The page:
Java, Terracotta

Terracotta OSS dev starter

The Terracotta Server Array (TSA) provides the platform for Terracotta products and the backbone for Terracotta clusters.
It allows, for instance, to use Ehcache in a clustered mode, and benefit of a distributed in-memory cache.

It is available as open source, and you may want to contribute to it, or even just build it yourself (You can also get binaries on the Terracotta web site).

If you want to contribute to the OSS Terracotta server, here are a few pointers to get you started.

Terracotta server kit

The Terracotta OS server is bundled with Ehcache OS, Quartz OS and Sessions.
This takes form of a tarball that we refer to as a kit.
It requires java 1.6 or higher.
The sourcecode is available as a multi-module Maven project. Modules corresponds to various components that are integrated during the build to create the Terracotta server.

Building a kit is straightforward.

1) Get the sourcecode

svn co

2) Compile

export MAVEN_OPTS="-Xmx1G -XX:MaxPermSize=512m"
mvn clean install -Pfullmode -Dcheckstyle.skip=true

3) Or Build

mvn clean install -Pfoss-kit -Dcheckstyle.skip=true

The build process will compile the Terracotta server source code, it will also obtain the Ehcache, Quartz and Sessions jars from the maven central repository and will bundle everything as a tarball under the “terracotta-kit/target/” directory.

Running the tests

Please note that the tests are disabled by default. To run tests you will need to do:

mvn -Pcheck-short verify

Start/stop the server

In the final kit, some start/stop scripts are included, but when developing you can start/stop the Terracotta server using Maven or from your IDE

1) Using Maven

cd deploy
mvn exec:exec -P start-server
mvn exec:exec -P stop-server

2) From your IDE
Execute the class

providing the arguments if needed:

-f filename : to specify a custom Terracotta server configuration file (tc-config.xml)
-n servername : to specify a Terraocotta server name
and of course the java options (e.g. -XX:MaxDirectMemorySize for Offheap, and -Xmx for heap)

Server architecture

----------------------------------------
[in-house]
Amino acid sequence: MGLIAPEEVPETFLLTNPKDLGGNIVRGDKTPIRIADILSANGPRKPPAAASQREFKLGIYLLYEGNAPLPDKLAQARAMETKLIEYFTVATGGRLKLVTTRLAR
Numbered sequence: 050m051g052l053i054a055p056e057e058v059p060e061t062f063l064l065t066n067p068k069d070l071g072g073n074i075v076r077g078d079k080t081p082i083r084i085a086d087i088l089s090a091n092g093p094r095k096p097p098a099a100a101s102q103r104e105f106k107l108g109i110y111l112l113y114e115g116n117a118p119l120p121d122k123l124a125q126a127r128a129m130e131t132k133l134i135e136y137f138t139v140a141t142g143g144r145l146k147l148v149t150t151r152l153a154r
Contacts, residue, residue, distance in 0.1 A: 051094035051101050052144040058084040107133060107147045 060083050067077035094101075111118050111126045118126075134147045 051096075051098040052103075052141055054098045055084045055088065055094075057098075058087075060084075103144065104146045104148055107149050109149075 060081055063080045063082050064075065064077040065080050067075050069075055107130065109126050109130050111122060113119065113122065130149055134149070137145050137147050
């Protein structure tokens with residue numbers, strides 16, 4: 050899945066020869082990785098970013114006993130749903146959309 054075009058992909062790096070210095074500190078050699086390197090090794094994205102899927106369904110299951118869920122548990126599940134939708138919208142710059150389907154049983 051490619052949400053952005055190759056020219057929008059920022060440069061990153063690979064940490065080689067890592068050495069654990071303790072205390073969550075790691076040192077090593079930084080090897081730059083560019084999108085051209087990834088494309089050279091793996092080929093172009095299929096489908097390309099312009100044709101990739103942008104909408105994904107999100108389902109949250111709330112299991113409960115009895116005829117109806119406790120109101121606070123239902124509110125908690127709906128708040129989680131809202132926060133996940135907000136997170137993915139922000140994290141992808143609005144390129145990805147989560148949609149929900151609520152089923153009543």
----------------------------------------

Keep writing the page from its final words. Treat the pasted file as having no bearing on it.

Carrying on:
The Terracotta server follows a SEDA architecture, which decomposes tasks into a set of stages connected by queues, rather than using large concurrent tasks.

The name ‘server’ comes from the fact that the whole Terracotta architecture uses a client-server topology : The two main components are the L1(client) and the L2 (server).

The Toolkit is an abstraction layer providing a public API to the L1 component. The Toolkit is also used by Ehcache and other Terracotta libraries to connect to the Terracotta Server (L2) to become clustered.

It must be noted that server instances also communicate between themselves (e.g Active replicating data to Passive), so there is some L2L2 communication as well.

Transactions on the L1 side, are handled by the transaction manager, to build a message that will be transmitted through the communication layer. Once the transaction is committed the message reaches the remote transaction manager on the L2 side.

Stages are created once the messages reach the L2 and it goes into the Message transactions stage, from there it gets passed to the lookup stage where it looks for the cache to be used. Next it goes to the apply stage, to apply the changes, followed by the broadcast stage, to broadcast information back.

Finally it comes to the L1 and a couple of stages take place, to acknowledge that the transactions have been applied, and apply resulting changes on the L1 side.

Stages can be configured in term of threads number (wider) and batches sizes (longer), in order to maximize the performance.

The classes and are the entry points for the L2 and L1.

They wire and start every parts of the components, no logic passes through it. They’re useful if you need to find what classes belong to the component you want to change.

Therefore, when doing changes, you can concentrate on the flow you want to work on, and the appropriates objects.

Project modules organization

When looking at the code obtained from the scm, we see a number of directories.

build-data and build-parent are used to build the kit.

checkstyle and checkstyle-toolkit are used to run a checkstyle verification

common contains classes that are common to the L1 and L2.

deploy has the definition to execute the l2 from maven, when developing (cf point before)

devwork is where you put the source of other projects, such as ehcache

dso* modules contain the code handling the stages

management contain the code for the JMX support that allow to get information about the Terracotta server.

management-agent provides similar information but using a REST agent and is now preferred to JMX
Terracotta* modules defines the assembly of the components of the Terracotta server

toolkit* modules are containing the toolkit code

Leave a Reply

Fill in your details below or click an icon to log in: Logo

You are commenting using your account. Log Out /  Change )

Twitter picture

You are commenting using your Twitter account. Log Out /  Change )

Facebook photo

You are commenting using your Facebook account. Log Out /  Change )

Connecting to %s